Richard McGehee, A Dynamical Systems Approach to Paleoclimate Models

Simple mathematical models have been used to explore the Earth’s past climates. We will present some of these models and discuss them from a dynamical systems perspective.

Contributed Student Talks

Brian Barthel, On Active and Passive Propagation Models

With recent advancements in social networks, the interest in better understanding the social influence on the adoption of an idea has again been brought to the forefront. In this study, we look at the spread of ideas in different network models, such as large- and small-world networks, and local networks such as paths, stars and their variations. The main interest of our study is to find the minimum number of early adopters to influence the entire network through active and passive propagation models, with applications to real-world situations in management and the spread of violence.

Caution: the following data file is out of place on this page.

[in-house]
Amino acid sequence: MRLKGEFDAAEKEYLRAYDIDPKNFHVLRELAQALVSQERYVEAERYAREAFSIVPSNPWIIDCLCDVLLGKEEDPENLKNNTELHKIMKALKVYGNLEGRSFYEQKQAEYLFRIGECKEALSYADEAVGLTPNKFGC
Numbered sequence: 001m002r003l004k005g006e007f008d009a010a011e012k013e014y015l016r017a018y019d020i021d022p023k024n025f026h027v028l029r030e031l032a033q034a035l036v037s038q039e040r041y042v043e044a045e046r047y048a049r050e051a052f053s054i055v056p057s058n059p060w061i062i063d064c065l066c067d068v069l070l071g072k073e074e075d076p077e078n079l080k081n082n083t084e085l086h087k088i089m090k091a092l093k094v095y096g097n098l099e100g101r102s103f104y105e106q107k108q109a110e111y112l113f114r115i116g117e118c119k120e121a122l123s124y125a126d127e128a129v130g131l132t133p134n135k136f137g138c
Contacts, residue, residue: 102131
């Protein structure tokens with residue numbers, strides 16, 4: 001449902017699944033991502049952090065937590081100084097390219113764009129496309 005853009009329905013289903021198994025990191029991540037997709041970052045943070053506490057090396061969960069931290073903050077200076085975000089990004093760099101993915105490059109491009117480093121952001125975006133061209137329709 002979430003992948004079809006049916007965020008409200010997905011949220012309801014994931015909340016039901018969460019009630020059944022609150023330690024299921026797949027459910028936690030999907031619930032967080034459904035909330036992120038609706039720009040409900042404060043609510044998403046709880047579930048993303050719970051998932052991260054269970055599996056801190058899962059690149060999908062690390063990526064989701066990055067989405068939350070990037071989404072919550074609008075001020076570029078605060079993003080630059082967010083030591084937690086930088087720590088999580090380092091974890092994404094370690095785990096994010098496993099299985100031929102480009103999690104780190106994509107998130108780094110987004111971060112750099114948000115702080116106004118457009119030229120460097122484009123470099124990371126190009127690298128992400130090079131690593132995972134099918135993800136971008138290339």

Brett Bozyk, A Special Family of Maps of the Plane

Nonlinear maps of the plane can have very complicated dynamics. We present some results for the family xn + c + β/zd, which we call “non-analytic singular perturbations of complex analytic maps.” Numerical escape experiments yield fascinating pictures. These can be compared to well-known (filled) Julia sets for polynomials and for analytic singular perturbations. When c = 0 and n = d, the maps simplify enough to allow analytical results.

Contributed Talks

Barry Cipra, Mathematics of Planet Earth 2013